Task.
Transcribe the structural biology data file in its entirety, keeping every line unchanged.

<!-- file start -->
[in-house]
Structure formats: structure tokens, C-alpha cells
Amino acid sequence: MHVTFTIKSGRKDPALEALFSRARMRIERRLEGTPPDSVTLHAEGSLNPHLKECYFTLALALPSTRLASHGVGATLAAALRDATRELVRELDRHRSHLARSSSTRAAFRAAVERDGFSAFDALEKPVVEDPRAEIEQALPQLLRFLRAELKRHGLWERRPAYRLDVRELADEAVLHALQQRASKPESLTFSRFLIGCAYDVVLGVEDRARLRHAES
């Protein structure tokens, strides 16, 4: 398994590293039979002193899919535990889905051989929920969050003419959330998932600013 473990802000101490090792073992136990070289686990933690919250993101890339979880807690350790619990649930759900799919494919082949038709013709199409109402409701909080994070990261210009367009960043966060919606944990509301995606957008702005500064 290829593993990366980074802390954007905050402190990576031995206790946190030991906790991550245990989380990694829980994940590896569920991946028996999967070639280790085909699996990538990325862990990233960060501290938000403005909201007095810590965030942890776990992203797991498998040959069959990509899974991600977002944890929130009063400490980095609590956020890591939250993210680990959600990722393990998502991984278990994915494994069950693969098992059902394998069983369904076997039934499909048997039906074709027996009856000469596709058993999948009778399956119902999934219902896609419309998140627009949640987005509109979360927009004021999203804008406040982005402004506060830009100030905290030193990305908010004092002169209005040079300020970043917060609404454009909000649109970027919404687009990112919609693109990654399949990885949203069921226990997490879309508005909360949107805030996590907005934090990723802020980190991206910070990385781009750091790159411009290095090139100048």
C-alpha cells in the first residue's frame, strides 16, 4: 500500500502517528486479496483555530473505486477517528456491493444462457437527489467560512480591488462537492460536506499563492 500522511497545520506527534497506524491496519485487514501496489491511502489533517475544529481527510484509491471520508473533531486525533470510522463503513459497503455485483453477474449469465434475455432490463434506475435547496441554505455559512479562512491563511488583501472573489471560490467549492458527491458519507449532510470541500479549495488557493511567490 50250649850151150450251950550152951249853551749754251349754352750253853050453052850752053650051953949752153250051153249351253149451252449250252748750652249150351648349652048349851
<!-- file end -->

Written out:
[in-house]
Structure formats: structure tokens, C-alpha cells
Amino acid sequence: MHVTFTIKSGRKDPALEALFSRARMRIERRLEGTPPDSVTLHAEGSLNPHLKECYFTLALALPSTRLASHGVGATLAAALRDATRELVRELDRHRSHLARSSSTRAAFRAAVERDGFSAFDALEKPVVEDPRAEIEQALPQLLRFLRAELKRHGLWERRPAYRLDVRELADEAVLHALQQRASKPESLTFSRFLIGCAYDVVLGVEDRARLRHAES
């Protein structure tokens, strides 16, 4: 398994590293039979002193899919535990889905051989929920969050003419959330998932600013 473990802000101490090792073992136990070289686990933690919250993101890339979880807690350790619990649930759900799919494919082949038709013709199409109402409701909080994070990261210009367009960043966060919606944990509301995606957008702005500064 290829593993990366980074802390954007905050402190990576031995206790946190030991906790991550245990989380990694829980994940590896569920991946028996999967070639280790085909699996990538990325862990990233960060501290938000403005909201007095810590965030942890776990992203797991498998040959069959990509899974991600977002944890929130009063400490980095609590956020890591939250993210680990959600990722393990998502991984278990994915494994069950693969098992059902394998069983369904076997039934499909048997039906074709027996009856000469596709058993999948009778399956119902999934219902896609419309998140627009949640987005509109979360927009004021999203804008406040982005402004506060830009100030905290030193990305908010004092002169209005040079300020970043917060609404454009909000649109970027919404687009990112919609693109990654399949990885949203069921226990997490879309508005909360949107805030996590907005934090990723802020980190991206910070990385781009750091790159411009290095090139100048």
C-alpha cells in the first residue's frame, strides 16, 4: 500500500502517528486479496483555530473505486477517528456491493444462457437527489467560512480591488462537492460536506499563492 500522511497545520506527534497506524491496519485487514501496489491511502489533517475544529481527510484509491471520508473533531486525533470510522463503513459497503455485483453477474449469465434475455432490463434506475435547496441554505455559512479562512491563511488583501472573489471560490467549492458527491458519507449532510470541500479549495488557493511567490 50250649850151150450251950550152951249853551749754251349754352750253853050453052850752053650051953949752153250051153249351253149451252449250252748750652249150351648349652048349851